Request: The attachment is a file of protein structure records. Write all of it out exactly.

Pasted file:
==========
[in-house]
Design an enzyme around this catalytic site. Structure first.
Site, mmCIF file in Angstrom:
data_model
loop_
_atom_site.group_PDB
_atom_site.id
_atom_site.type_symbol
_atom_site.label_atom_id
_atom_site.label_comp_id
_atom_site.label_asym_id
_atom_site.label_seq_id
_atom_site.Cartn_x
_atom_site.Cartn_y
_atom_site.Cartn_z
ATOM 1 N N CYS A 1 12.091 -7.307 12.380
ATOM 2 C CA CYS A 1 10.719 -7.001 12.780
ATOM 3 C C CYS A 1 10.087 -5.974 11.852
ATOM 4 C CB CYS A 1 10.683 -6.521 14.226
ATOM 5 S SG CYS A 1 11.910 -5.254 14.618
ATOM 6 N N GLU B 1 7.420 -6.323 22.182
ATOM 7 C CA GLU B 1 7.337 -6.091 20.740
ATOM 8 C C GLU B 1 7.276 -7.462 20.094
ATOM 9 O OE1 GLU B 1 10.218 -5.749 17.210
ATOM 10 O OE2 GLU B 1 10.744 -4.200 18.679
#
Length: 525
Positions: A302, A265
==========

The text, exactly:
[in-house]
Design an enzyme around this catalytic site. Structure first.
Site, mmCIF file in Angstrom:
data_model
loop_
_atom_site.group_PDB
_atom_site.id
_atom_site.type_symbol
_atom_site.label_atom_id
_atom_site.label_comp_id
_atom_site.label_asym_id
_atom_site.label_seq_id
_atom_site.Cartn_x
_atom_site.Cartn_y
_atom_site.Cartn_z
ATOM 1 N N CYS A 1 12.091 -7.307 12.380
ATOM 2 C CA CYS A 1 10.719 -7.001 12.780
ATOM 3 C C CYS A 1 10.087 -5.974 11.852
ATOM 4 C CB CYS A 1 10.683 -6.521 14.226
ATOM 5 S SG CYS A 1 11.910 -5.254 14.618
ATOM 6 N N GLU B 1 7.420 -6.323 22.182
ATOM 7 C CA GLU B 1 7.337 -6.091 20.740
ATOM 8 C C GLU B 1 7.276 -7.462 20.094
ATOM 9 O OE1 GLU B 1 10.218 -5.749 17.210
ATOM 10 O OE2 GLU B 1 10.744 -4.200 18.679
#
Length: 525
Positions: A302, A265